By Dr Daud Abdullah
No war has tarnished the image of Israel and damaged its vital international relationships as the "Operation Cast Lead" it waged on Gaza last winter. There are times when a single event can change the history of nations. Many, including Israeli supporters, view the Gaza War as a turning point in its history. In the last few weeks, much attention was focused on the Goldstone report and its potential damaging consequences on Israel and its leaders. Other consequences are no less ominous. After 10 months, the war on the Gaza Strip continues to unsettle the strategic relationship between Israel and its long-standing regional Muslim ally, Turkey. Ankara recognized Israel in 1949; until Egypt's recognition at Camp David, Turkey was the only Muslim state (apart from Iran at the time of the Shah) that had diplomatic ties with Israel.
From the beginning, Turkey was vehemently opposed to the war on Gaza. It made no secret of its absolute abhorrence with the aerial attacks on one of the world's most densely populated areas. All pleas for restraint were of no avail with the Israelis. What added salt to injury is the fact that the Turks felt especially "betrayed" and "stabbed" in the back. A few days before the attack Ehud Olmert, Israel's then prime minister visited Turkey and did not disclose to his erstwhile ally what he was about to do.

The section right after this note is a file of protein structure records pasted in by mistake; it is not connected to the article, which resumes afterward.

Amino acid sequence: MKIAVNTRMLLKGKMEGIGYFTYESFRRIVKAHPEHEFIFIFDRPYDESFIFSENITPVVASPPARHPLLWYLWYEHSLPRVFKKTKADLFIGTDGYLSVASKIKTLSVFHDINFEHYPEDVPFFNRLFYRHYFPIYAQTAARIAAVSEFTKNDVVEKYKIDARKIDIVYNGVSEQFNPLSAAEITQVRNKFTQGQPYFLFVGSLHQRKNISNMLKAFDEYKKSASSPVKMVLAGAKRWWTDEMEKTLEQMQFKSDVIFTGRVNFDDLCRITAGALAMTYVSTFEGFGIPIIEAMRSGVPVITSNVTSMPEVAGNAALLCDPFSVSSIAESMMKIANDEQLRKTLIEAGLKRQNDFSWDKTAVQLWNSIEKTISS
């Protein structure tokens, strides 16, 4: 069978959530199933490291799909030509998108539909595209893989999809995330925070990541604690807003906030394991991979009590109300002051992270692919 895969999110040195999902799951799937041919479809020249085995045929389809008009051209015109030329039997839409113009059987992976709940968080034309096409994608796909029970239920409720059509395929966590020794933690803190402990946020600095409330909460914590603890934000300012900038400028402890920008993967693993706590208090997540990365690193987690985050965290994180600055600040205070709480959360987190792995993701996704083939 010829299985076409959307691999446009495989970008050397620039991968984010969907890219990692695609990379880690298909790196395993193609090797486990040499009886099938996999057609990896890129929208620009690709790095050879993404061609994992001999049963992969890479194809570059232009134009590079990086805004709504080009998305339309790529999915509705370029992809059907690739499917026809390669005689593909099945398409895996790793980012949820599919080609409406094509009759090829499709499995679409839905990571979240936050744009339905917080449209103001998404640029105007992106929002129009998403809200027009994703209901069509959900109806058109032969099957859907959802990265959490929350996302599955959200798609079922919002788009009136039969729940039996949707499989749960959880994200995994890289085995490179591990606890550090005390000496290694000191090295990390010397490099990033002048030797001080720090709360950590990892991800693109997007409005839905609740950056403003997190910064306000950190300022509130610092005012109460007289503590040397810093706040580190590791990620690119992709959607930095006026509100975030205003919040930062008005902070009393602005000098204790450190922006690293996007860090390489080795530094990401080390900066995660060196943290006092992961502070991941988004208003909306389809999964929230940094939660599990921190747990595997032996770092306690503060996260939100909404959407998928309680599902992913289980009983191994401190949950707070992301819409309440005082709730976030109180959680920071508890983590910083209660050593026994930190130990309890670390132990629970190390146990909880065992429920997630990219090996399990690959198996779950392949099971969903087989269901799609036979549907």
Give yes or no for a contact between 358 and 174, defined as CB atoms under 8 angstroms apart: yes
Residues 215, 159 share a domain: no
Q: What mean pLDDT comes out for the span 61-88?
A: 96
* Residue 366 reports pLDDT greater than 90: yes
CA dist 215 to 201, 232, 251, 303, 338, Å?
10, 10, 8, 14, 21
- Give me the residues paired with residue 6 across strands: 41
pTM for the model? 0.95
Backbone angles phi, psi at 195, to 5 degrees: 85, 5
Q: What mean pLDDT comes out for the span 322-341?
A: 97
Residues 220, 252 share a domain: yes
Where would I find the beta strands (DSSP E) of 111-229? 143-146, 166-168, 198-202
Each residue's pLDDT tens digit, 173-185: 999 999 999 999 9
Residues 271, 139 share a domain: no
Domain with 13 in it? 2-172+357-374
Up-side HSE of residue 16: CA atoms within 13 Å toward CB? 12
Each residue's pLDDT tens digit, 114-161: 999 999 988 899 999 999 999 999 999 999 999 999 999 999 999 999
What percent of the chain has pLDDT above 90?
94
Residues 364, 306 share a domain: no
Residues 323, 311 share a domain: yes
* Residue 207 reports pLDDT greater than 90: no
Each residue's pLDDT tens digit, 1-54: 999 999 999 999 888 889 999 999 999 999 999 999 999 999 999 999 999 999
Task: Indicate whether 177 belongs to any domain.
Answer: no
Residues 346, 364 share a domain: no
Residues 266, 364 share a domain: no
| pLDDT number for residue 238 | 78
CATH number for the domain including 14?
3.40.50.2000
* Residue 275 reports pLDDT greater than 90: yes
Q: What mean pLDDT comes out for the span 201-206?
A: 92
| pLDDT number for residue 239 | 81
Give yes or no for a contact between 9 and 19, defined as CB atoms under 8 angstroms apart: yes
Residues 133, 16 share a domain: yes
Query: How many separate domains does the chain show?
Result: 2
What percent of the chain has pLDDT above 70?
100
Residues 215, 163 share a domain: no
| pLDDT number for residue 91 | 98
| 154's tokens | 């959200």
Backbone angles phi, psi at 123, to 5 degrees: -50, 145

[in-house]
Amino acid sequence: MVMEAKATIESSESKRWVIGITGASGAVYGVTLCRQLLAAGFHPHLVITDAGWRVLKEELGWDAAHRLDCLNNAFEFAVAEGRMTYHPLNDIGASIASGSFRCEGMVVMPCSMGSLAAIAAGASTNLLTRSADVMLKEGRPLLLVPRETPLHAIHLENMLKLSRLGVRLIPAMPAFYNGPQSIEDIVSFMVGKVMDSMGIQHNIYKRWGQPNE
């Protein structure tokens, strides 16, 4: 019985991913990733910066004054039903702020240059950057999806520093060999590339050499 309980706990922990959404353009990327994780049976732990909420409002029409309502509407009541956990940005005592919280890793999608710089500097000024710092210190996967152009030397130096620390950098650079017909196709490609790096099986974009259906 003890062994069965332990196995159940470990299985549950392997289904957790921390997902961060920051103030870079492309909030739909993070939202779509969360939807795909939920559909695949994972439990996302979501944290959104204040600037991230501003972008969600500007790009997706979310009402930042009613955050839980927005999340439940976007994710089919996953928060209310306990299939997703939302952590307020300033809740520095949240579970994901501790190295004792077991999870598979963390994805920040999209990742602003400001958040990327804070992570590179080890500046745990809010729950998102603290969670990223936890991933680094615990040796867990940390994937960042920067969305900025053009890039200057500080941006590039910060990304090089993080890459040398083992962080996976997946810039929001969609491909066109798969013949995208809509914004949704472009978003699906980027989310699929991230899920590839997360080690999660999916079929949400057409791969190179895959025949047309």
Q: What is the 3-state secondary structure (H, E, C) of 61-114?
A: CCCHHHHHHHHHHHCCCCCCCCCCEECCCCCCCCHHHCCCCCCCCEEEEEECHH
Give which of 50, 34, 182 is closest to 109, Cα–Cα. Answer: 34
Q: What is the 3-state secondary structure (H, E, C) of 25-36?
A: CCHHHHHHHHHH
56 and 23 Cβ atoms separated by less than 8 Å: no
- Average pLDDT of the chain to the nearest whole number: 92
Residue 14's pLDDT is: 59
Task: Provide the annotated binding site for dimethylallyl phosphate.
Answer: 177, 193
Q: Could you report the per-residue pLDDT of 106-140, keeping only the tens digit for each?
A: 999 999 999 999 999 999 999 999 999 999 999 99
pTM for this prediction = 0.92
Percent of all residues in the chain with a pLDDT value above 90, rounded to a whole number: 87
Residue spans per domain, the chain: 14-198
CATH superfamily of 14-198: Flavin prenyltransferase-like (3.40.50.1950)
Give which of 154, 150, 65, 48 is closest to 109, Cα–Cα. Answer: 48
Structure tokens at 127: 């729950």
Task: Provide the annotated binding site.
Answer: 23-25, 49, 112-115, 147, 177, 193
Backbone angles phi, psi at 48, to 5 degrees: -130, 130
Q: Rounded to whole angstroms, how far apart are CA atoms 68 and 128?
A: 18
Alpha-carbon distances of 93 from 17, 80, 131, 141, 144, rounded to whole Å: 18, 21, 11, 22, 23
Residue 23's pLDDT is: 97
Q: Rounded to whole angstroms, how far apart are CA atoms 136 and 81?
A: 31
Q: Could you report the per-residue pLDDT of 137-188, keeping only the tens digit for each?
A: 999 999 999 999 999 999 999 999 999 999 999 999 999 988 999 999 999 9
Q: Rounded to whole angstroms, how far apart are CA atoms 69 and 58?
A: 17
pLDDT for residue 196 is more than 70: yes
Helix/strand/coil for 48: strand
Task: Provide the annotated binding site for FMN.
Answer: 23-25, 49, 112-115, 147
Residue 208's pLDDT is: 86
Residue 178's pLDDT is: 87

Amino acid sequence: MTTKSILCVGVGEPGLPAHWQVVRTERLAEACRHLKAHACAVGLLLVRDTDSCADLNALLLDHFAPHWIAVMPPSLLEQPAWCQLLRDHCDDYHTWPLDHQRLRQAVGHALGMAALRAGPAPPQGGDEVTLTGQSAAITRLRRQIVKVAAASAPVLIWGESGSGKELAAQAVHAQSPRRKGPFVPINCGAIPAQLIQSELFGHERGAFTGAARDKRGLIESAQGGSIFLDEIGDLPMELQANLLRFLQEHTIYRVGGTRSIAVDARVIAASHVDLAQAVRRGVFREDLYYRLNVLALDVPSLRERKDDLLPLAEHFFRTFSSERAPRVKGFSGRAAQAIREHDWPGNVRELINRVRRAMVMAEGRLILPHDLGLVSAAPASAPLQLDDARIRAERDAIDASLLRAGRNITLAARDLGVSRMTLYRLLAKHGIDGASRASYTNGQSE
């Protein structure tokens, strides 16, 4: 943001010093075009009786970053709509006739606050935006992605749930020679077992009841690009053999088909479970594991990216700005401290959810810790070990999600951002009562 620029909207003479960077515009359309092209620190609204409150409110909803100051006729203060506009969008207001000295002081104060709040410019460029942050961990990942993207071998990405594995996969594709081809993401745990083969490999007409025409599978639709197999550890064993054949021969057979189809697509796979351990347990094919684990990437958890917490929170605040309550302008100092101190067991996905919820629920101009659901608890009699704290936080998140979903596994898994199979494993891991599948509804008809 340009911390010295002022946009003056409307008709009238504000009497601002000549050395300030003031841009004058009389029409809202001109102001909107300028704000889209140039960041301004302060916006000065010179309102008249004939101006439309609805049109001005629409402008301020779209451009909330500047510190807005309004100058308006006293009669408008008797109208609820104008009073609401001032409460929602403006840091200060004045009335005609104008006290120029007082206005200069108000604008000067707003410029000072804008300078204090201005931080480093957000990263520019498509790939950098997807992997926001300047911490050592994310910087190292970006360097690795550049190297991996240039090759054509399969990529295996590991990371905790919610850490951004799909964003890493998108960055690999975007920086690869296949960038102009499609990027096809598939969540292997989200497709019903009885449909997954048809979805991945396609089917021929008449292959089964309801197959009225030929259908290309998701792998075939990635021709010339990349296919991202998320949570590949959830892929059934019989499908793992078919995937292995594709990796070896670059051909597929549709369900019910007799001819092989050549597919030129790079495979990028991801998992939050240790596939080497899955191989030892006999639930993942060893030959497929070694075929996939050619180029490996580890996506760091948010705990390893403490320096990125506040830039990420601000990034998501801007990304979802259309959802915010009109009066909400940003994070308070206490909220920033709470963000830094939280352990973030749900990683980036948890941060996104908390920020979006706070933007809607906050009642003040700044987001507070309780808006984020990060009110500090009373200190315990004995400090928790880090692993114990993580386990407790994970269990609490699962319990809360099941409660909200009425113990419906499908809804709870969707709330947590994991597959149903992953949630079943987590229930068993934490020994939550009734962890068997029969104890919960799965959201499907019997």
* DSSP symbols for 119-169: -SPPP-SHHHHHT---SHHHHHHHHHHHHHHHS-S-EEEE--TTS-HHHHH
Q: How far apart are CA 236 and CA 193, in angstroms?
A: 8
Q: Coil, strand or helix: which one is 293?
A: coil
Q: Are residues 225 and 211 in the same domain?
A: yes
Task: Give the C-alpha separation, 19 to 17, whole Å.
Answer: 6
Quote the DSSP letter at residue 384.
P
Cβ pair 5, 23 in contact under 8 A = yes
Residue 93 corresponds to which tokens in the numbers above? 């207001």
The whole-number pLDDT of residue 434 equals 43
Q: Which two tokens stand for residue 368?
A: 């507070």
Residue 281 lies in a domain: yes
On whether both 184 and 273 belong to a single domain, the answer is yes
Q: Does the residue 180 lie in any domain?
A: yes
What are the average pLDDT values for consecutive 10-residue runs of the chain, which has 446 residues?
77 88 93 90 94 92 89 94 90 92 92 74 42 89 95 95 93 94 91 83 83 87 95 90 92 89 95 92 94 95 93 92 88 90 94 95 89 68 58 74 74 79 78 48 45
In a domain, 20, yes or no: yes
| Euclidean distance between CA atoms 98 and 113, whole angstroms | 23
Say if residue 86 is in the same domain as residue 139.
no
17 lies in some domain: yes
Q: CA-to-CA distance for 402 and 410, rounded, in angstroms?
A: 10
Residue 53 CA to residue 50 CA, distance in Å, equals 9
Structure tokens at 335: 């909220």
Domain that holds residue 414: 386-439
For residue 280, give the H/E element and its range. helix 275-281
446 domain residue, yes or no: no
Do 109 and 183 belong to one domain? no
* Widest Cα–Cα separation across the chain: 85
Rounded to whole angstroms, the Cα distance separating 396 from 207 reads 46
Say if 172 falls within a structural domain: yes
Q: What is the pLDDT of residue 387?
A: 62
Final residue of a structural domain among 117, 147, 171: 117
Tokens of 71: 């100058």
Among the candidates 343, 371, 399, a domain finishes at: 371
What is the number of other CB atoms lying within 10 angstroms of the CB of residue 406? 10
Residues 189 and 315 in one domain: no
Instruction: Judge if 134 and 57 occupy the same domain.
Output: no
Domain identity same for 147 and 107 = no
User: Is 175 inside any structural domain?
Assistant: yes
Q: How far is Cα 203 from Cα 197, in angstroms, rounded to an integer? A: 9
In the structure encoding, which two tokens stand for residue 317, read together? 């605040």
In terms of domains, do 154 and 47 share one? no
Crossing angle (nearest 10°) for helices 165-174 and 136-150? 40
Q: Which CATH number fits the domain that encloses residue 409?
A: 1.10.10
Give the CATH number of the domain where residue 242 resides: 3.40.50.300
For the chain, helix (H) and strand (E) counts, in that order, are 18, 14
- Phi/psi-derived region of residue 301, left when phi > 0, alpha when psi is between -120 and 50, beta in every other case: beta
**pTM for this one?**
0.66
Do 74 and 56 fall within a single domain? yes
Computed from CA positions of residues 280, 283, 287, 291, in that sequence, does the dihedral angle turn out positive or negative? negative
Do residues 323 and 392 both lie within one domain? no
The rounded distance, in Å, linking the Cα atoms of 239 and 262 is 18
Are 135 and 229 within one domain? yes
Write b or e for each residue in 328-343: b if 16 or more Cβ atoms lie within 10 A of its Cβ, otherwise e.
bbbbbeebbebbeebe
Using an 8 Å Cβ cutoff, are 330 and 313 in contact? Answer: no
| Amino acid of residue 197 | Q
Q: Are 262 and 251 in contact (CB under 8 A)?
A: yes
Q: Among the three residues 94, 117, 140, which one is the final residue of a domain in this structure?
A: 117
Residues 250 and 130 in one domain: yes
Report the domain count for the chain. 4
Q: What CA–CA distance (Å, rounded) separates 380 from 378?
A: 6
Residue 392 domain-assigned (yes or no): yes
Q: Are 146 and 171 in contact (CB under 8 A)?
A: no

The Turkish sense of national pride was further wounded by the fact that while the Israelis were secretly planning war, the Turks were for years trying to promote peace in the region by opening conduit of relations between Israel and other major Muslim countries incluing Pakistan. More importantly, they were at the same time deeply involved in mediating involved in mediating between the Syrians an Israelis between the Syrians and Israelis. The war naturally constituted a major set-back to those efforts and forced a re-thinking on the Turkish side.